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  • Nick Nacmanson

My RCD is tripping, what do I do?


So your electrics have cut out, the lights are off and none of your appliances are working. First thing you check is the consumer unit and you can see the RCD has tripped, how can you restore power?


First it’s important to understand what an RCD is doing for you. An RCD (sometimes labelled as an RCBO or RCCB) is a Residual Current Device which measures amps going down the circuit and compares it to amps returning. If there is more than a difference of 30mA then the RCD recognises that electricity is being lost somewhere and shuts off the supply. This is primarily to protect you from electric shock (30mA being a reasonably survivable shock as opposed to hundreds of Amps).

RCDs usually trip because of a fault in the wiring (or appliances) which causes electricity to leak from the live cables to the earth cable or to some other path to earth (i.e. a human being). This can help us diagnose what might be going wrong, here are some simple steps that most electricians do before further, in-depth, investigation;

1. Did you plug something in when the RCD tripped? Did you start the washing machine or did the fridge kick in? If so, it is more than likely the appliance which is faulty and needs repairing or replacing. Unplug the suspect appliance and reset the RCD, if the power remains on then you can be fairly certain it is the appliance which is causing the tip.


2. Did you turn on a light when the RCD tripped? Sometimes when an old halogen or tungsten bulb fails it can trip an RCD. It’s usually nothing to worry about however if it happens regularly then you may want to have an electrician come around and check the lighting wiring. In this case, switch all the power off at the consumer unit and replace the bulb. If the lighting was to blame, it should now be working.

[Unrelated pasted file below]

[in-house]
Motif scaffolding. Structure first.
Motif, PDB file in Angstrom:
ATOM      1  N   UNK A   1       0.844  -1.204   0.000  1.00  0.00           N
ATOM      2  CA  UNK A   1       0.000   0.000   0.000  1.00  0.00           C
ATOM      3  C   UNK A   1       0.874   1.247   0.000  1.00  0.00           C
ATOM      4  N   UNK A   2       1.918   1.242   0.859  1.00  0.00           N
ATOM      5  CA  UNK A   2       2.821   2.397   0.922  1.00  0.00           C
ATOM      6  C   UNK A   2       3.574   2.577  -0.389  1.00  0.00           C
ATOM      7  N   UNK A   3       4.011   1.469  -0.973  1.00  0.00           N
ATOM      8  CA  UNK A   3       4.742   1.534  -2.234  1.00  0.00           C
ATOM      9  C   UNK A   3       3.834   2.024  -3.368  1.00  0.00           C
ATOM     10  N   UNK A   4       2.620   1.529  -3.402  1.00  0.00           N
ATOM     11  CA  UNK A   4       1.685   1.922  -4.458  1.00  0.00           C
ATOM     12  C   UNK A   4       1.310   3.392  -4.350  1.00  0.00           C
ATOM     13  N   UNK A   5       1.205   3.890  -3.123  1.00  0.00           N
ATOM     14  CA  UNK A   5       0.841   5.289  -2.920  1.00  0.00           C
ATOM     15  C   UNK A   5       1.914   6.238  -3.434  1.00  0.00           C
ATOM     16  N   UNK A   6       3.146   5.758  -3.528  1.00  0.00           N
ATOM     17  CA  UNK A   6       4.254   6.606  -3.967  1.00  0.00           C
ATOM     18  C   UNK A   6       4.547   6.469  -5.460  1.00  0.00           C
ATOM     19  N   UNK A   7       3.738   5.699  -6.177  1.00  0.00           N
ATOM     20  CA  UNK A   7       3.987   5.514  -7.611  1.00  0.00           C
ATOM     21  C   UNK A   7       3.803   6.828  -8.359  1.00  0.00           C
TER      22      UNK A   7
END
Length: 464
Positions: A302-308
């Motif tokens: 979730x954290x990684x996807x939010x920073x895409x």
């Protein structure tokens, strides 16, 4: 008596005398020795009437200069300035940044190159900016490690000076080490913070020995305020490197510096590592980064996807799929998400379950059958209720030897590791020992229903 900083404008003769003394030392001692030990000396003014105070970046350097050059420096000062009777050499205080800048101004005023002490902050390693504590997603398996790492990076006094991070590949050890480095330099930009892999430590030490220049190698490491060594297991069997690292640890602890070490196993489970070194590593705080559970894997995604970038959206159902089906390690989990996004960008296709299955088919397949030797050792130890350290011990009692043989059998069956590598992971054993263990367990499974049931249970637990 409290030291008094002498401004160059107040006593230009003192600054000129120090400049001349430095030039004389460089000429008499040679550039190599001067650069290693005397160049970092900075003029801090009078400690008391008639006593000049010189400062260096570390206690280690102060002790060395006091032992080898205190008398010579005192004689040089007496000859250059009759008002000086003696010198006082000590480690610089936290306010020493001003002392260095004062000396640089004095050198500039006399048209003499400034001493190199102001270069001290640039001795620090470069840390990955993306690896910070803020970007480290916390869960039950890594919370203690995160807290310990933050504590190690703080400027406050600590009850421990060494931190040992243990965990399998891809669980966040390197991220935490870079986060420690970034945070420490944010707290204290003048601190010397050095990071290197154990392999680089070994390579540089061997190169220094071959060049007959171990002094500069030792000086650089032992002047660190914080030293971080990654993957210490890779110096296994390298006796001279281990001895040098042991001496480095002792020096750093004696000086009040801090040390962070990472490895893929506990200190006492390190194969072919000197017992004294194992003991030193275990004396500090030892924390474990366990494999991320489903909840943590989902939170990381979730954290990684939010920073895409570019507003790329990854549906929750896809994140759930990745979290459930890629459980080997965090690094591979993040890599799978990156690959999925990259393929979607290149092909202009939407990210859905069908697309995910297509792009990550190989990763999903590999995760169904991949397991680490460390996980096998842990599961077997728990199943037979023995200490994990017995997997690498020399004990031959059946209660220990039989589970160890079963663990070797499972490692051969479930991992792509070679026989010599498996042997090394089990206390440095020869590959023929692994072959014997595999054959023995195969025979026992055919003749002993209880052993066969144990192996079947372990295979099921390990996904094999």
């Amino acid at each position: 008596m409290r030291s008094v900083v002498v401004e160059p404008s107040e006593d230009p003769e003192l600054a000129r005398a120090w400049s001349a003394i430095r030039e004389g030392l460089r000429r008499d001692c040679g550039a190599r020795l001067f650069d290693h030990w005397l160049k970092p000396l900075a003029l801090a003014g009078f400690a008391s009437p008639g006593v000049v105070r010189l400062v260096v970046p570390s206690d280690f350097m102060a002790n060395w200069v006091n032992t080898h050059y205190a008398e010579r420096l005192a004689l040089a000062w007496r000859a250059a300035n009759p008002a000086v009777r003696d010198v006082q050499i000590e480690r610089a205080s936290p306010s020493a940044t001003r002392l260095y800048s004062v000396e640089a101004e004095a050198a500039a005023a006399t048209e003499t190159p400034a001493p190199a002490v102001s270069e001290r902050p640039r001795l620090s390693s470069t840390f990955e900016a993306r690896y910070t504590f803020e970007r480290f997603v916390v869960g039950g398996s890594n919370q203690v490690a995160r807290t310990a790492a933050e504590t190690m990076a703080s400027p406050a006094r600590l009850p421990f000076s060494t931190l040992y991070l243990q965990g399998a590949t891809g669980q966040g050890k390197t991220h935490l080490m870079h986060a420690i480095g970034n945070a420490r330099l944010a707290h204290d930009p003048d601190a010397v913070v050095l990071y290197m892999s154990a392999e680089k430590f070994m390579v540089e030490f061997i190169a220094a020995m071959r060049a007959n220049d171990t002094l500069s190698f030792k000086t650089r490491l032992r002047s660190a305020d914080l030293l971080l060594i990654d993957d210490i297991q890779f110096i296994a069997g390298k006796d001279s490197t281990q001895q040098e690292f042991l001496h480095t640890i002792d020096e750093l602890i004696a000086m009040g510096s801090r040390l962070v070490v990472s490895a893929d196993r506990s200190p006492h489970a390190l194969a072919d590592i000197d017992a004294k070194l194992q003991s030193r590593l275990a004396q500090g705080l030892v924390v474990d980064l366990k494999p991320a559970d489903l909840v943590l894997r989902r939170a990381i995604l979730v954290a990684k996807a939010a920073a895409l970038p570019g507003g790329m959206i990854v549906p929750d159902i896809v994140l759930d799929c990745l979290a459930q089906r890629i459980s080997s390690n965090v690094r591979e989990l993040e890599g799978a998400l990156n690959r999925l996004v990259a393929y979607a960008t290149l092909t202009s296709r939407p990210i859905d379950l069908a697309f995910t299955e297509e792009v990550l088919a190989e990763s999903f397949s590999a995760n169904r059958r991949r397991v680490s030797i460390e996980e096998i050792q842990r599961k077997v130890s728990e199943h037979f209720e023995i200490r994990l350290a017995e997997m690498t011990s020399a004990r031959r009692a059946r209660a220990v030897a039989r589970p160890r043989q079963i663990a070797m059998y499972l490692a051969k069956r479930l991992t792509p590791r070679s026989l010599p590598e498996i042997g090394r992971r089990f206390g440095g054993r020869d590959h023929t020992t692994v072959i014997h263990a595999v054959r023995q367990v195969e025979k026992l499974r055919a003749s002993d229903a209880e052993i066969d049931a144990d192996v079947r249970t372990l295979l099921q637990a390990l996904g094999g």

3. If the RCD tripped out of the blue then you may need to do a little more investigating. Switch off all the circuit breakers except for the main switch and the RCD. Now switch each circuit on in turn until the RCD trips again. At the point the RCD trips you will know which circuit is to blame because it will be the last one you turned on. You have narrowed it down to which circuit, now you can narrow it down further.


4. If the fault occurred on a socket circuit then unplug everything on that circuit and switch all the circuit breakers and RCD on. If the RCD doesn’t trip then plug the appliances back in one by one until it trips and identifies which appliance is to blame. If the RCD trips before plug anything back in then it’s definitely time to call an electrician.


5. If the faulty circuit is a lighting circuit then this can be trickier to identify. It usually means one bulb has blown. Again, if in doubt call an electrician.


6. Sometimes it may be that the RCD itself is to blame. An electrician can run tests through the RCD to see if it is broken or oversensitive. Only a qualified electrician should be testing or replacing an RCD.


As always, if you are in any doubt then call an electrician to investigate and repair the fault. DO NOT remove the front cover to your consumer unit or expose any cables from any of the switches/sockets/lighting points.

For any electrical fault or repairs call Nick on 07526 566 902 or email info@nick-electrician.com. We also offer 24hr emergency call-outs in Bury St Edmunds and surrounding areas.

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